Since both the camera share the same sensor and processor, it’s fair to expect the image quality and speed of the X-T3O to be just as good, as the X-T3. The X-T30 is intuitive and fast, especially in situations that warrant it. You cannot not speak of Fuji without mentioning its Film Simulation options. I specifically used Classic Chrome and Velvia, and enjoyed the latter, the most. The out-of-camera JPEGs are so good (images with punchy colours that can be used right out of the camera) that you might even skip opening its RAW versions.
The Face and Eye detect mode worked fairly well, though I did not have much use of it, since my photographic interests don’t generally involve people. But I did try it out… With the function turned on, when you pre-select a focus point on the scene, and if a person enters the frame, the focus point will immediately wander to the person’s face. This happened to me quite a few times, when I took it out on the street. It can recognise multiple faces in the scene, but not if the subject is too far off. However, if the subject moves its face away from the camera, the system ceases to detect it. On a side note, it recognises faces from magazine covers and books.
The X-T3 was rated highly for its video capabilities, and the X-T30 comes close behind.
It supports F-Log, and face detection, and even has a ‘movie silent control’ mode. Here, you can adjust the exposure or change the Film Simulation, amongst other things, thereby avoiding any sound that might have occurred while turning the dials or pressing the buttons. The Eterna Film Simulation, which originally appeared on the X-H1 and then the X-T3, has been retained in the X-T30.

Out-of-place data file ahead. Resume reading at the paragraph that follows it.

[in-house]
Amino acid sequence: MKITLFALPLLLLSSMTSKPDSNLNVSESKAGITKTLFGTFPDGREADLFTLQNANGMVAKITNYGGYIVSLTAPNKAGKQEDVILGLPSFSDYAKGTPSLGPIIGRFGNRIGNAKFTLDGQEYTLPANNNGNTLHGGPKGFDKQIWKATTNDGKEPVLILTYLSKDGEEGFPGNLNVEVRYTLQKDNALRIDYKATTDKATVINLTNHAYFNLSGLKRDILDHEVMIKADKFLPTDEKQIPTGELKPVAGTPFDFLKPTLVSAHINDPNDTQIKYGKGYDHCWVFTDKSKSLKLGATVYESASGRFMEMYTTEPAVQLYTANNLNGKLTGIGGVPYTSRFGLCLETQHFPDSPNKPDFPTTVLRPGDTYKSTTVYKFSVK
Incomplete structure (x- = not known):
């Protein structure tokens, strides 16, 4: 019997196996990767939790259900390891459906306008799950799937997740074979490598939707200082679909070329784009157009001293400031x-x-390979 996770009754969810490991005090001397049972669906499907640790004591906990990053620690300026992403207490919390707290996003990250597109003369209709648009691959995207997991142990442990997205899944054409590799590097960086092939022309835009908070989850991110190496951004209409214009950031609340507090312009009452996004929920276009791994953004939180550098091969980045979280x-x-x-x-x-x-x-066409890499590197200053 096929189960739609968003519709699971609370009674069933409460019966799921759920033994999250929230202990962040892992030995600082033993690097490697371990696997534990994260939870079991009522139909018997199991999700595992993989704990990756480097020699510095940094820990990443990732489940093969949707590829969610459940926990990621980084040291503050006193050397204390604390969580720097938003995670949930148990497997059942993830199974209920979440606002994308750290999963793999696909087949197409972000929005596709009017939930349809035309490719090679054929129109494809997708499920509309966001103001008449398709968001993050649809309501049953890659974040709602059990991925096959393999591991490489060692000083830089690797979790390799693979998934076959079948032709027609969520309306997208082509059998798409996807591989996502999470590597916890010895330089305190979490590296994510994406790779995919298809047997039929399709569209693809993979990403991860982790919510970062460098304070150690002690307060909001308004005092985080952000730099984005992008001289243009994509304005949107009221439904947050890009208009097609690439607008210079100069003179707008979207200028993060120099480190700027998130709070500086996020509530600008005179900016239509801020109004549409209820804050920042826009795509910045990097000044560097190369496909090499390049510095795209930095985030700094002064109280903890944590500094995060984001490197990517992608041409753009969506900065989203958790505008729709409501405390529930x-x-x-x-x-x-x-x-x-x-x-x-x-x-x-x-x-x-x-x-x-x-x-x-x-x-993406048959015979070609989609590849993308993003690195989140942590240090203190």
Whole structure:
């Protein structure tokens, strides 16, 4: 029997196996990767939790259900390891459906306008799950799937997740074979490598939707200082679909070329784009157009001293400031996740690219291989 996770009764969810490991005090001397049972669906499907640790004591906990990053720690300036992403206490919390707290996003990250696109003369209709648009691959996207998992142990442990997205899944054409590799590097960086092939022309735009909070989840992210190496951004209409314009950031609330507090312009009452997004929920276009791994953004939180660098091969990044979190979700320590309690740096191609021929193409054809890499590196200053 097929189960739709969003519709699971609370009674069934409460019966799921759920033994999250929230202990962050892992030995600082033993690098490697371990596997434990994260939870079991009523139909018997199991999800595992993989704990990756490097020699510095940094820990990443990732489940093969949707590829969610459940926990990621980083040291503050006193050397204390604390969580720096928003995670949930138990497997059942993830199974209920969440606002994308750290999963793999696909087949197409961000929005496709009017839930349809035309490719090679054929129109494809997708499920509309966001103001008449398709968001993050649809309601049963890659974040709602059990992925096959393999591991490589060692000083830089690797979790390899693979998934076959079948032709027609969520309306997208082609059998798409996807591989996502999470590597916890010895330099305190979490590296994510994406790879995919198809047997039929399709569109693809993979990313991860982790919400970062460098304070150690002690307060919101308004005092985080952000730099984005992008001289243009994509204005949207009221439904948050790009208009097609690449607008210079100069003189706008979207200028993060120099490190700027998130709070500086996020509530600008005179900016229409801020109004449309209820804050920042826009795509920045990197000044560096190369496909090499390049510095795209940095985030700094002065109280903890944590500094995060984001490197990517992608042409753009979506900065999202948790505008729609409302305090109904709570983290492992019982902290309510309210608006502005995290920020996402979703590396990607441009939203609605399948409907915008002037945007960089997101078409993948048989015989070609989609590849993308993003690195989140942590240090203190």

I have never felt as comfortable with a camera, as I have with the X-T30. Barring the hiccups I had with the Q button, the camera immediately felt familiar, simple and uncomplicated—just the way I like my photographs to be.
The X-T30 would benefit quite a wide variety of scenarios. The camera is a great, compact one to have with you on your travel, and combined with the 18–135mm f/3.5-5.6 lens (the one that I used), you can photograph a large spectrum of subjects—landscapes, portraits, architecture, streets. The only point of contention is that the camera is not weathersealed. If blogging is your forte, the high resolution sensor, the Eye/Face detect system, and the Film Simulation options are definite assets to have. However, you may want to keep in mind that the LCD does not flip out completely, thereby making it hard to create self-portraits and V-logs.
Priced at Rs. 74,999 for the body (the X-T3 costs Rs. 1,08,699), and Rs. 99,999, along with the 18–135mm f/3.5-5.6 lens, the X-T30 brings with it a great deal of force that’s enough to not be marred by its few shortcomings. To top it off, Fujifilm offers a wide array of lenses to suit your photographic needs.
This review originally appeared in the May 2019 issue of Better Photography.
Sensor, 20fps burst speed, video features
JPEG quality, colour, dynamic range, speed, AF
Metal, not weathersealed, rugged
Intuitive, customisable controls
|Warranty & Support
Two-year warranty, limited service network
|MRP||Rs. 74,999 (body only) or
Rs 99,999 (with Fujinon XF
18–135mm f/3.5-5.6 R LM OIS WR
|VALUE FOR MONEY||4/5|
|Who should buy it?||Any semi-professional or advanced amateur would find use for the X-T30 in a variety of scenarios that involve weddings, portraiture, fashion, street, videos, and documentary, among other genres.|
|Why?||For its price, the X-T30 is almost a steal, as it combines the very best of the X-T3—its speed, intuitive design, quality and colour science.|